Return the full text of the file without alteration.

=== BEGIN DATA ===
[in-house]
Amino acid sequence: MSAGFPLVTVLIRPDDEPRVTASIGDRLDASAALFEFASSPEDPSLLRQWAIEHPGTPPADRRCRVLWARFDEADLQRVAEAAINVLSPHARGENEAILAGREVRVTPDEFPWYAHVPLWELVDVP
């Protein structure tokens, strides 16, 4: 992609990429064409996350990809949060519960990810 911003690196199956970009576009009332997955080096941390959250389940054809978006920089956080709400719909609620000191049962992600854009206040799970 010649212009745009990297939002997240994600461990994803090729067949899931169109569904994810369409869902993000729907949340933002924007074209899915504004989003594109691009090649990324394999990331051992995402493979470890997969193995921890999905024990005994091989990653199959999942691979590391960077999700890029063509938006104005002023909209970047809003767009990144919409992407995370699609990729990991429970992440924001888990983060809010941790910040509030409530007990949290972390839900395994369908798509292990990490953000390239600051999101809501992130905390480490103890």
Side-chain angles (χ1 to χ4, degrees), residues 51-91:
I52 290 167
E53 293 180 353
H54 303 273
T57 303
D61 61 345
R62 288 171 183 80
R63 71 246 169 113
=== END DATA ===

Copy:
[in-house]
Amino acid sequence: MSAGFPLVTVLIRPDDEPRVTASIGDRLDASAALFEFASSPEDPSLLRQWAIEHPGTPPADRRCRVLWARFDEADLQRVAEAAINVLSPHARGENEAILAGREVRVTPDEFPWYAHVPLWELVDVP
């Protein structure tokens, strides 16, 4: 992609990429064409996350990809949060519960990810 911003690196199956970009576009009332997955080096941390959250389940054809978006920089956080709400719909609620000191049962992600854009206040799970 010649212009745009990297939002997240994600461990994803090729067949899931169109569904994810369409869902993000729907949340933002924007074209899915504004989003594109691009090649990324394999990331051992995402493979470890997969193995921890999905024990005994091989990653199959999942691979590391960077999700890029063509938006104005002023909209970047809003767009990144919409992407995370699609990729990991429970992440924001888990983060809010941790910040509030409530007990949290972390839900395994369908798509292990990490953000390239600051999101809501992130905390480490103890």
Side-chain angles (χ1 to χ4, degrees), residues 51-91:
I52 290 167
E53 293 180 353
H54 303 273
T57 303
D61 61 345
R62 288 171 183 80
R63 71 246 169 113